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From: Jeff Garland (jeff_at_[hidden])
Date: 2005-03-19 21:15:08

I'm writing a small program with filesystem and I needed to check for symbolic
links so I can avoid processing them. I noticed the symbolic_link_exists
method and, like all good programmers, didn't read the docs b/c I was sure it
didn't do what I needed. So I set about writing a function that would and
when I looked at the filesystem implementation I realized I was wrong. I was
thinking that symbolic_link_exits would check that a symbolic link points to a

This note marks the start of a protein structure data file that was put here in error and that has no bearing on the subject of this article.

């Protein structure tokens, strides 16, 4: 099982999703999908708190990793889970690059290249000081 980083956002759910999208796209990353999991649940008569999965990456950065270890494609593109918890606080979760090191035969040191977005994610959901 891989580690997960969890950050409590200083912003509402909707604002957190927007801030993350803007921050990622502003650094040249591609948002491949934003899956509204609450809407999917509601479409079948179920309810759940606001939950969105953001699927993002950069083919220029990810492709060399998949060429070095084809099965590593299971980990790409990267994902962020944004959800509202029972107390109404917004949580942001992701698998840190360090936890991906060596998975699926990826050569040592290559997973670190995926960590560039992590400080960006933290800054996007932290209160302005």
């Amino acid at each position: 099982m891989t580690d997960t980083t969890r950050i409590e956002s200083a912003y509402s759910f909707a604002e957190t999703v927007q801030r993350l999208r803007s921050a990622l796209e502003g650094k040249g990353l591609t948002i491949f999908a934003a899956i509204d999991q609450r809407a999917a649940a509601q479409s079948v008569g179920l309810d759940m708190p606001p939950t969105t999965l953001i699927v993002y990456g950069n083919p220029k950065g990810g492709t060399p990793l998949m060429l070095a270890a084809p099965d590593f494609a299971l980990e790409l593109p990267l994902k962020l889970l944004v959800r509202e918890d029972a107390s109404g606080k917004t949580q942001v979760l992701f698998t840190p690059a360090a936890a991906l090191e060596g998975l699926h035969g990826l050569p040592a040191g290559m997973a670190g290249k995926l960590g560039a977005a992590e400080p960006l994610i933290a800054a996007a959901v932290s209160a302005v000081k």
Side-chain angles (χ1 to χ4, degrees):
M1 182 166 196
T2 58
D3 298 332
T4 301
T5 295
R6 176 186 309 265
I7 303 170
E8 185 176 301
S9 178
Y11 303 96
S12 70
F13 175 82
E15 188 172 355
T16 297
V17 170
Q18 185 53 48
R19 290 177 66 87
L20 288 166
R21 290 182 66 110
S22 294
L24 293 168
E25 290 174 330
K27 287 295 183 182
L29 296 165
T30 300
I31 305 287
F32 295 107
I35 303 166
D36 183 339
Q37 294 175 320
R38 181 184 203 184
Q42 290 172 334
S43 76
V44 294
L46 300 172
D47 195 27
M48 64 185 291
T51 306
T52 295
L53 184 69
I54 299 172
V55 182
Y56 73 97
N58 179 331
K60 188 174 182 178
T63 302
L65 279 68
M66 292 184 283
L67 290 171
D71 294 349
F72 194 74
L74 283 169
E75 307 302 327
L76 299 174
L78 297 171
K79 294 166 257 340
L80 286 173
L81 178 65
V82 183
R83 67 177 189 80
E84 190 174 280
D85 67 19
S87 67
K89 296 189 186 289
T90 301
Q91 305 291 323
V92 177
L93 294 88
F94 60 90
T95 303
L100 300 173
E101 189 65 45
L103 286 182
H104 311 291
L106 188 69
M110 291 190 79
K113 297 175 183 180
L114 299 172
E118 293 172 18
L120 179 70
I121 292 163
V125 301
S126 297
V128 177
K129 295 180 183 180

valid file -- essentially following the symlink. Any reason why this funtion
isn't called is_symlink to match the is_directory call?

Also, in the code I'm writing I need to only process regular files. So it
would be nice to write:

if (is_file(my_path)) {

  //do stuff

where is_file is defined as follows:
// equivalent of if (-d path) in perl
// returns !is_directory(p) && !is_symlink(p);
bool is_file(fs::path p);

Or maybe it could be is_regular_file or is_plain_file if we want to be
verbose. Seems like this would be handy to have in the filesystem lib. I can
probably be talked into supplying patches ;-)



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